By Na Jeong-ju
The Park Geun-hye administration's economic policy agenda, unveiled Thursday, was largely a reiteration of her presidential campaign pledges that focused on people's welfare and addressing the harsh reality being faced by small businesses.
However, it's encouraging to see that the government has finally started to help people spend money ― consumption has long been low because of the nation's high rate of household debts.
Some measures were included in the package to boost spending.
The government will today launch an institution tasked to buy debts from households at default risks and implement credit recovery programs for the debtors. It plans to write off part of the debts, which will cost tax payers. The government says more than 300,000 people will benefit from the program.
The money, which policymakers call the People's Happiness Fund, is similar to a bailout fund given to cash-strapped companies during hard times. The difference is that the firms must pay back after they recover, but the households don't have to. The fact is that their debts will be equally taken over by all taxpayers here.
Apart from the debates over the possible moral hazard such a scheme will likely create, it will make them buy more food and commodities instead of paying interest. That's certainly good for them.
The debt write-off plan is a desperate effort to rescue heavily-indebted households, but won't create a virtuous circle for the whole economy in the long term.
In this regard, the administration has placed job creation at the top of its economic policy priorities.
It plans to create 16,000 jobs in the public sector and expand tax incentives and administrative support for firms hiring more people than in the past.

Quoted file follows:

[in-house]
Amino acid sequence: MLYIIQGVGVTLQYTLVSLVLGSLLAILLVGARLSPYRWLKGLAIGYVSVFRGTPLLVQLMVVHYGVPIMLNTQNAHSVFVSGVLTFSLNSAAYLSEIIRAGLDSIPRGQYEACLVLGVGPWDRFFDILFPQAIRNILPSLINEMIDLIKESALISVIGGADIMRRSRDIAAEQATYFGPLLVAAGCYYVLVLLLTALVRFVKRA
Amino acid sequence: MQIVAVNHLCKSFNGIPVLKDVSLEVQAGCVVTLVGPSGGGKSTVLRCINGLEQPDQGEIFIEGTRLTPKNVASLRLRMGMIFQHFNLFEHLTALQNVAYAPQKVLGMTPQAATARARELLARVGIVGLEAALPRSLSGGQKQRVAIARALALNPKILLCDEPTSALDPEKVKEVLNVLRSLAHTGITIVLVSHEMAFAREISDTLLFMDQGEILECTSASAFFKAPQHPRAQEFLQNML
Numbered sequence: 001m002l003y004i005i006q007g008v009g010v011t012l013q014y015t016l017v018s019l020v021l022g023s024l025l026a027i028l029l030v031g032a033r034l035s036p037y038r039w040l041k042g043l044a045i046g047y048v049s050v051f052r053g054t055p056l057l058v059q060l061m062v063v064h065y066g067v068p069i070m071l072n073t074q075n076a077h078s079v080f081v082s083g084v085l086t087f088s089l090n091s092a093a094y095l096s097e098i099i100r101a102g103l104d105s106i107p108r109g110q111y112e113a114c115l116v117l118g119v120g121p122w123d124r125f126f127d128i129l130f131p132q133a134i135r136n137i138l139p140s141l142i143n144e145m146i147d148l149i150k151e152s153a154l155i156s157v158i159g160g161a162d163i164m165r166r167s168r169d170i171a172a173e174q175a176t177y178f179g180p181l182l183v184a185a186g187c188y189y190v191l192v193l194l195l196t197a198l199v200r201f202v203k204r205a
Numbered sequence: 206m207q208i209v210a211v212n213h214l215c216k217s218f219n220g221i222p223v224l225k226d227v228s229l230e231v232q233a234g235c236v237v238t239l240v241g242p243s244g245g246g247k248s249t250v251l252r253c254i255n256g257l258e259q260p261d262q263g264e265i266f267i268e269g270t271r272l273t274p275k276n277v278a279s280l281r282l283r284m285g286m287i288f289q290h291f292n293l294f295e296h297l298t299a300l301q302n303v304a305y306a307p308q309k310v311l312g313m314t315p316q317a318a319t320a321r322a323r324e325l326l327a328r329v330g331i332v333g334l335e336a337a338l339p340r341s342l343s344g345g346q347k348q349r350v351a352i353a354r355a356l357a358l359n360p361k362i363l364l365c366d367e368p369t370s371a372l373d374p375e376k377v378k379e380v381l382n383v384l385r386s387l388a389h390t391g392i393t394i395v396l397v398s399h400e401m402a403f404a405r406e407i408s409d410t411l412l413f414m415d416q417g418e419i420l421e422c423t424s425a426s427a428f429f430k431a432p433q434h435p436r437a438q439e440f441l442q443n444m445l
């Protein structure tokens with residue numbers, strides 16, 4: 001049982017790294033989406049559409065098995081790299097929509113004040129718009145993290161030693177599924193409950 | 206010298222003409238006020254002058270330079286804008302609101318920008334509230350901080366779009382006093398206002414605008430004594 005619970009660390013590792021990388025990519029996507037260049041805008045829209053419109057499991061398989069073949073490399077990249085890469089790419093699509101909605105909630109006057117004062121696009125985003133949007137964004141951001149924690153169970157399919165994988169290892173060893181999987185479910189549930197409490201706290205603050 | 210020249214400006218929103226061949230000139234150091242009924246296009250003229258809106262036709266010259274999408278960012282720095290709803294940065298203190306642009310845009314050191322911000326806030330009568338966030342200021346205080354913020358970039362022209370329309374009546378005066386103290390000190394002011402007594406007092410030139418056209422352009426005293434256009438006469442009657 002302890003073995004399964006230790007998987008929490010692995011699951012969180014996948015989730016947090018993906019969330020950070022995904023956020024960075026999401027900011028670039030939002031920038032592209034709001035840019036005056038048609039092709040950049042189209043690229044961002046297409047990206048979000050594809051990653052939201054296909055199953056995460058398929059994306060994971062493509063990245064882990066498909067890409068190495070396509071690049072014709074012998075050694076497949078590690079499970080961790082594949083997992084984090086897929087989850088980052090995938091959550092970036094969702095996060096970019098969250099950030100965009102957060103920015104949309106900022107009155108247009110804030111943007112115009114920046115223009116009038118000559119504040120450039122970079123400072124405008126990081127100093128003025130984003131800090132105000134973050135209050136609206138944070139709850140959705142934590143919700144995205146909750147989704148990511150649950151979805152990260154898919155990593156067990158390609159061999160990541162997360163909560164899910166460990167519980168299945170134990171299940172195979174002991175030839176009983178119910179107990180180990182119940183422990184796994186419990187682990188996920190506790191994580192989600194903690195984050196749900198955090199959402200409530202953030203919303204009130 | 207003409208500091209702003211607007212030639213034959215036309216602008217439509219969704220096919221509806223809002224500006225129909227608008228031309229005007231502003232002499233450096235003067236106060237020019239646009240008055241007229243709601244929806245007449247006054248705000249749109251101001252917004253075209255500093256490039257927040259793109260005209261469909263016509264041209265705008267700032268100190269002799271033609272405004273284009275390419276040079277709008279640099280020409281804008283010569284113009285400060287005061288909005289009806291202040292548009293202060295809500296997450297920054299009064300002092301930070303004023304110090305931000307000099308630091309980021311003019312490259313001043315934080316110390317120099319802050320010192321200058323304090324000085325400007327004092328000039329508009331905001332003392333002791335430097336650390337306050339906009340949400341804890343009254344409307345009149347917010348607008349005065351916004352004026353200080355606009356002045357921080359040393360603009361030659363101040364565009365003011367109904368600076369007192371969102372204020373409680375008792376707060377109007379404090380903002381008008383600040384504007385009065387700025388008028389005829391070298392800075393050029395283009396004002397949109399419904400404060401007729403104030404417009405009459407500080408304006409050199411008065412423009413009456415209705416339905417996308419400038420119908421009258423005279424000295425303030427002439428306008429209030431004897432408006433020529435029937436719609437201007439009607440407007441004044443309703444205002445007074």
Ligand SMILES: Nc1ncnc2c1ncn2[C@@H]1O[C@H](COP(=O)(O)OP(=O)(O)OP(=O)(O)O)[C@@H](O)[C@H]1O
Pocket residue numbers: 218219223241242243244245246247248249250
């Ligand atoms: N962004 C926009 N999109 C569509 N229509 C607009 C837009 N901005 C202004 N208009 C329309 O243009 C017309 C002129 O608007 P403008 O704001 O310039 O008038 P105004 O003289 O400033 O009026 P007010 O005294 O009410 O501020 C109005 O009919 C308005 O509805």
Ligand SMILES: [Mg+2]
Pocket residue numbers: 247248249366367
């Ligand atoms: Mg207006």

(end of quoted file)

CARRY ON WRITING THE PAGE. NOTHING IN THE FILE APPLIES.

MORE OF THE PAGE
It also pledged to expand financing for small- and mid-sized enterprises (SMEs) and deal sternly with unfair business practices committed by large firms to protect small firms. The government also said it will nurture value-added businesses in the information technology sector to strengthen the country's economic fundamentals.
Certainly, SMEs deserve more attention and support because about 99 percent of Korean firms are small-sized but they employ some 88 percent of Koreans. If they grow, more people will get jobs.
All these programs boil down to boosting consumption. It remains to be seen whether they will succeed, but the prospects are not bright.
"The Lee Myung-bak administration also carried out various policies to restore the middle class and nurture SMEs, but they made little difference," an analyst said, asking not to be named. "There won't be a turnaround in private spending without addressing the dwindling disposable income for individuals and the worsening profitability at Korean firms. These are the most fundamental issues."
The analyst said such issues are mostly associated with external factors, which are beyond the government's control.
Ryu Yong-seok, an analyst at Hyundai Securities, said the economy is facing a double whammy ― Japan's move to lower the value of its currency and the escalating nuclear brinkmanship by North Korea.
"Such issues may weigh on Korean firms down the road. What matters is how to respond to such external negatives," Ryu said.
Analysts say the private consumption growth has remained low due to the combination of structural problems, including slow income growth, heavy household debt and widening income inequality.
According to the Bank of Korea, private consumption grew 4.4 percent in 2010, 2.3 percent in 2011 and 1.8 percent in 2012. These rates fell short of the growth rates ― 6.3 percent in 2010, 3.6 percent in 2011 and 2 percent in 2012.